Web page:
n 2005, a student working in the fluid physicist Yves Couder’s laboratory in Paris discovered by chance that tiny oil droplets bounced when plopped onto the surface of a vibrating oil bath. Moreover, as the droplets bounced, they started to bunny-hop around the liquid’s surface. Couder soon figured out that the droplets were “surfing on their own wave,” as he put it — kicking up the wave as they bounced and then getting propelled around by the slanted contours of the wave.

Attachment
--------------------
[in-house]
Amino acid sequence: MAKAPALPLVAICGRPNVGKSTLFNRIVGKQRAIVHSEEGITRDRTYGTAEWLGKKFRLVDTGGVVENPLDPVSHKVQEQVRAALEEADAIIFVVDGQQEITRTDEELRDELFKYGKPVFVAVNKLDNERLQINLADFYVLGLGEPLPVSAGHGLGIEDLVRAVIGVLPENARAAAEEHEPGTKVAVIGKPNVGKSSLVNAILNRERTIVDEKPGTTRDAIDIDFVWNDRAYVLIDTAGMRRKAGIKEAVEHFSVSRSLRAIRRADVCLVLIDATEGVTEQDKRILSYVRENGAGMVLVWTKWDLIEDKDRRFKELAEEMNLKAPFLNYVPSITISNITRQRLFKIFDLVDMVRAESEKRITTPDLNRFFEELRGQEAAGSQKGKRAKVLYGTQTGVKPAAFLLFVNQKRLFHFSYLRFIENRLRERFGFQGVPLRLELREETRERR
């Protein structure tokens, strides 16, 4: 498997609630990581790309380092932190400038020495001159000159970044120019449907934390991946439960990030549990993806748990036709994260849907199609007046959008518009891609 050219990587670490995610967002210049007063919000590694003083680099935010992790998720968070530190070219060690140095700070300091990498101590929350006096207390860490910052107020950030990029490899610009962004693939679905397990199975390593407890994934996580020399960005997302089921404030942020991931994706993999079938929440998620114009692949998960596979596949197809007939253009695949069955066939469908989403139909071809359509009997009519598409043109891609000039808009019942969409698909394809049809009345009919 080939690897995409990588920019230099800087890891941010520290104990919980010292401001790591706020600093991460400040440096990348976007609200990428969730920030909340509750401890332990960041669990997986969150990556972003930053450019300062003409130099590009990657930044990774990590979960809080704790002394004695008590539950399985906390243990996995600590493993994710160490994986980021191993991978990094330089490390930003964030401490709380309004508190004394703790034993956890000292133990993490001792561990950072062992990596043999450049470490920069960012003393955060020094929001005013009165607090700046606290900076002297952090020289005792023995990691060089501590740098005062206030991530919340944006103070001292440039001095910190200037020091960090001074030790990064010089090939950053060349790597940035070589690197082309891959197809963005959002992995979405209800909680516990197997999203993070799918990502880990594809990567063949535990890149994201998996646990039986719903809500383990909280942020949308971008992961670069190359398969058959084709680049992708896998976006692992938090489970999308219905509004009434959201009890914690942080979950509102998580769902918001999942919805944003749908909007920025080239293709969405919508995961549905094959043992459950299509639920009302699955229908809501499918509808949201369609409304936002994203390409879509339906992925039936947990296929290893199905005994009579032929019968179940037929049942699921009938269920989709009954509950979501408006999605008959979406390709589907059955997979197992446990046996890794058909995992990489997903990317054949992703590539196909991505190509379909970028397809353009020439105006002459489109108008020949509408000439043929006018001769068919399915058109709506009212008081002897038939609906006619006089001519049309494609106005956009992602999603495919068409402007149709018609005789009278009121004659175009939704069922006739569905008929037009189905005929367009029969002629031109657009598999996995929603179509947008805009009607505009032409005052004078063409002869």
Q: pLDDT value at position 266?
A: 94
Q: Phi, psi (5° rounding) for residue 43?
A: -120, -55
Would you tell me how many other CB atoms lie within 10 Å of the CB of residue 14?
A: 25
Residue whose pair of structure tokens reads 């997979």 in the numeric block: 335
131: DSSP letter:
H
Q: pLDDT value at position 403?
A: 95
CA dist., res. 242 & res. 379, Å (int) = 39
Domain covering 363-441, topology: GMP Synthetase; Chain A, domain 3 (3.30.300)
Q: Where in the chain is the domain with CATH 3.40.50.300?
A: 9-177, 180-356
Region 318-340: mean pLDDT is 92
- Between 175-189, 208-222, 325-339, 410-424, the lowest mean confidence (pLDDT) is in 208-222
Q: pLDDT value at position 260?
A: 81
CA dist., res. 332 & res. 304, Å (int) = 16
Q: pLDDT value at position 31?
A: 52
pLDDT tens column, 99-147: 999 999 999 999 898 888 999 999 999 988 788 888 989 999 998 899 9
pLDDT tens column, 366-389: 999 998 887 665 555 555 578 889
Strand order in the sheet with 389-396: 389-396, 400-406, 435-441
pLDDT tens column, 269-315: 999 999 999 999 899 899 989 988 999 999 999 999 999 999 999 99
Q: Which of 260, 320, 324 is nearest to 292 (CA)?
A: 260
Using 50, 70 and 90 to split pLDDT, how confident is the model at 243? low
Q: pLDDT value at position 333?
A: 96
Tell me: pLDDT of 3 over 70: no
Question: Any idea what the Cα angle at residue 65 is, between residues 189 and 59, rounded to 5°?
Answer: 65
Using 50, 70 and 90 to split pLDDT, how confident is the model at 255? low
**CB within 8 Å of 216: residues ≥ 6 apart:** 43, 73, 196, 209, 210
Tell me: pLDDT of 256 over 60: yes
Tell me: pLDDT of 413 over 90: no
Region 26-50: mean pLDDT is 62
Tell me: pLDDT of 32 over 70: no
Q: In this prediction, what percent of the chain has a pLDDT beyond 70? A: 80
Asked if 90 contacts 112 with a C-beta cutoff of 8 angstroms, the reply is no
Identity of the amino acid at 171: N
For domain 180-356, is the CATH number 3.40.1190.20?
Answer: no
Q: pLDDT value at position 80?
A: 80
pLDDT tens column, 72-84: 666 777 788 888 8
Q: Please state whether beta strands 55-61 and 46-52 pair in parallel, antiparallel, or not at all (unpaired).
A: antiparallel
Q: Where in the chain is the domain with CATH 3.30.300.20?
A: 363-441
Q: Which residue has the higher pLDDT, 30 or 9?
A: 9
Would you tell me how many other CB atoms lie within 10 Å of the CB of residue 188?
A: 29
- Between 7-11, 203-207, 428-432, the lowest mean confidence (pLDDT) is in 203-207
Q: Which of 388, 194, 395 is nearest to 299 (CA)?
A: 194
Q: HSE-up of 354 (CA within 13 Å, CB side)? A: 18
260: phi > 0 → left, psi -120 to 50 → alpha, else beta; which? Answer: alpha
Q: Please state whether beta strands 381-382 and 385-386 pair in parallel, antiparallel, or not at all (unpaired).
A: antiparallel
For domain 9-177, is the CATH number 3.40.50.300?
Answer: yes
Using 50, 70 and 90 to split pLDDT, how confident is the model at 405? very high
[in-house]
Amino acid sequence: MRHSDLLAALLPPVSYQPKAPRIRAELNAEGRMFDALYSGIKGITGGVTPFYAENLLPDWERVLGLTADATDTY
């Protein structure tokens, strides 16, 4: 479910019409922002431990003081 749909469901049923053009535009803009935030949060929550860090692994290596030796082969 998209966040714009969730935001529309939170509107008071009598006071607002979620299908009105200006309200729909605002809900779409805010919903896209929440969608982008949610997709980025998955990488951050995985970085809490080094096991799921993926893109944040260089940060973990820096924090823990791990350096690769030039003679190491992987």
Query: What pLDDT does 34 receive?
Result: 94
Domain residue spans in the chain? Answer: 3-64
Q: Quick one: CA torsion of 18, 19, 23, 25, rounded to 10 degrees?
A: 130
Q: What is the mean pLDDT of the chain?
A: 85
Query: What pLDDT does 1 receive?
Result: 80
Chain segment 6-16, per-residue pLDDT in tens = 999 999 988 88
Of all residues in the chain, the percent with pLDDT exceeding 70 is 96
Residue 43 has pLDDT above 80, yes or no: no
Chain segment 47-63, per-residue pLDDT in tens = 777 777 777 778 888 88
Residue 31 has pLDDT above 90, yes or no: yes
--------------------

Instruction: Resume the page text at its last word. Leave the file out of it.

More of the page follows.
As he watched the surfing droplets, Couder realized that they exactly embodied an early, largely forgotten vision of the quantum world devised by the French physicist Louis de Broglie.

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